CES is an often overwhelming yet inspiring week of technological advancement that, candidly, also serves as forced global commerce enablement. After about an hour of waiting in a well-behaved line alongside the huge Oculus black box on the show floor, I was able to secure around 10 minutes with a device that has become much more fixated on gaming than I previously remember.
While my travels brought me to CES for a variety of other reasons, I couldn’t help but discuss my perspective on the evolution of virtual reality, primarily represented by Oculus, Microsoft’s Hololens and the Avegant Glyph (which I also demo’ed on the show floor).
Last year @CES 2015, the Oculus Rift “Crescent Bay” demo was one of the most remarkable technology experiences I can ever remember. After growing up with the PC era and the evolution of the Internet, it’s tough to truly be floored by technology innovation but that’s precisely what happened with the Oculus Rift “Crescent Bay”. I think I repeated my story to all who would listen for two full weeks later that month. A few of the images permanently etched into my long-term memory include:
- Starting in a room that is best described as one of the opening scenes to Half Life on the PC, you get your bearings and have the ability to view an engine room in full 3D while standing, sitting, peering over your shoulder, etc. Don’t mind the gigantic, very real and very menacing dinosaur just down the hall…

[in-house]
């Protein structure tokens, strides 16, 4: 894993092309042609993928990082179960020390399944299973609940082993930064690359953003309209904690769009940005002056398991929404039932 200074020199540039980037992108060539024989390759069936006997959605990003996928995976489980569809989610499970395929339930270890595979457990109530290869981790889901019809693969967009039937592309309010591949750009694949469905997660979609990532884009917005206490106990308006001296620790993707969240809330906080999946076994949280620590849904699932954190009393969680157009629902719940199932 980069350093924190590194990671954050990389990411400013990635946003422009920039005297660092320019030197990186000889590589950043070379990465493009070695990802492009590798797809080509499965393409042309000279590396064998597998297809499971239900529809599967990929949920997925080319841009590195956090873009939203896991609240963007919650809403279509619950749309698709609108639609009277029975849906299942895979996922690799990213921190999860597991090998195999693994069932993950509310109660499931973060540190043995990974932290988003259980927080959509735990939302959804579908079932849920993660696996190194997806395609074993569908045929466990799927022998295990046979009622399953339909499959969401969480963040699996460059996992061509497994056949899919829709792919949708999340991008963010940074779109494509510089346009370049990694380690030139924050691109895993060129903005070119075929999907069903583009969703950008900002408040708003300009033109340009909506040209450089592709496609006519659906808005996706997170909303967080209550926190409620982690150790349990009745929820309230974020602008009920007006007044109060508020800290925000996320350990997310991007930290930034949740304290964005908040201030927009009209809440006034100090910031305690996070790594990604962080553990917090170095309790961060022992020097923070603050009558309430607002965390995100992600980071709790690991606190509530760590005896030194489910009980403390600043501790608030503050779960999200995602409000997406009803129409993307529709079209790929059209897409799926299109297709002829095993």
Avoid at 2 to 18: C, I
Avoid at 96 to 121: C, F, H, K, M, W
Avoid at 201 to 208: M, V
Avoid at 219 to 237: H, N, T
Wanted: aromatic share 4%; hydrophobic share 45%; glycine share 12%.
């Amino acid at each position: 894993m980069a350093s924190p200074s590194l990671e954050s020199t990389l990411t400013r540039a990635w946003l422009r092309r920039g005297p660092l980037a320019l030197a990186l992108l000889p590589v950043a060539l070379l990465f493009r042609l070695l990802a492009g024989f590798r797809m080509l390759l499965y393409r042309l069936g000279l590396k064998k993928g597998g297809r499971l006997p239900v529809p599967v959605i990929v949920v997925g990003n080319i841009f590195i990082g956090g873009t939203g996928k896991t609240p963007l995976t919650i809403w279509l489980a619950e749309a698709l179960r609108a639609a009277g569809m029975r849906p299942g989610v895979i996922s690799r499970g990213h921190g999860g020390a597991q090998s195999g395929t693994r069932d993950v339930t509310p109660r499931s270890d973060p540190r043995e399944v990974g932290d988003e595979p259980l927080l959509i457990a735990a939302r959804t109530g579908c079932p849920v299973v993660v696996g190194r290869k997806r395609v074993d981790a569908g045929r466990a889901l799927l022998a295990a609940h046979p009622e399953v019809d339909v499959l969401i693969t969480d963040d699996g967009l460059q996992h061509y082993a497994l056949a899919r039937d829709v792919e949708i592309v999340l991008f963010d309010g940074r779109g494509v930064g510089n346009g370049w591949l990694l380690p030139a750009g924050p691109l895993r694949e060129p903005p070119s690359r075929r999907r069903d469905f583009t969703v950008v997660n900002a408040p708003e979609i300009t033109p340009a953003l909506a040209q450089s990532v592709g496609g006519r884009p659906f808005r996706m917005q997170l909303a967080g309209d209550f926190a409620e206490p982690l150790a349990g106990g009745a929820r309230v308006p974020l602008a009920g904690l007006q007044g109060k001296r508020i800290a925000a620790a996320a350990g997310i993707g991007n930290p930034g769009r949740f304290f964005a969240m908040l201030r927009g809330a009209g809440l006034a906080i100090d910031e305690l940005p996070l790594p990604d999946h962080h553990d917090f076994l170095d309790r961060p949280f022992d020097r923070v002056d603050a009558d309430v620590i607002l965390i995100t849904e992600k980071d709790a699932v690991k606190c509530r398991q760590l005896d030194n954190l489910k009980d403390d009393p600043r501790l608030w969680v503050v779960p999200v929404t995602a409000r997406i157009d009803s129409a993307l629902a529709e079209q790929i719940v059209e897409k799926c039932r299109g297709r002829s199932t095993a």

- Ah, the Gotham-like skyscraper scene that will forever be my reference point for truly comprehending virtual reality. Having been transitioned from the previous vignette to this one, I found myself peering over the streets from the highest peak and able to peer in all directions, including directly below. That was the killer moment where you knew virtual reality had arrived — you forgot you were in a small room and so purely experienced a fear of height and falling.
- Another element of the demo displayed what can best be described as a Sim City like environment, where the user can simply monitor the comings and goings in every direction. The resolution, nuance and accuracy of each passing element was breathtaking.
- A mechanical bot showdown was impressive, and it even showed some Pixar-like emotion and character which was completely unexpected from a virtual reality demo vignette.
- Lastly, a progressively advancing battle war-zone gave new perspective to weaponry and combat in a virtual world, as well as an amazing level of detail including the underside of a blown-up military vehicle.
This year, however, I will probably tell the story of my experience with the “final” Oculus Rift hardware only a couple times and move on. I’m not certain if that’s due to the now-mature commercialization of the Rift, due to ship later this year to those who pre-ordered and have a viable (PC-only) hardware setup to run this beast, or because I had already experienced the innovation that is VR. As part of this year’s gaming-oriented demo, I was also responsible for taking control of the simulation through an actual Xbox game controller which was remarkably simple even with my eyes completely inaccessible.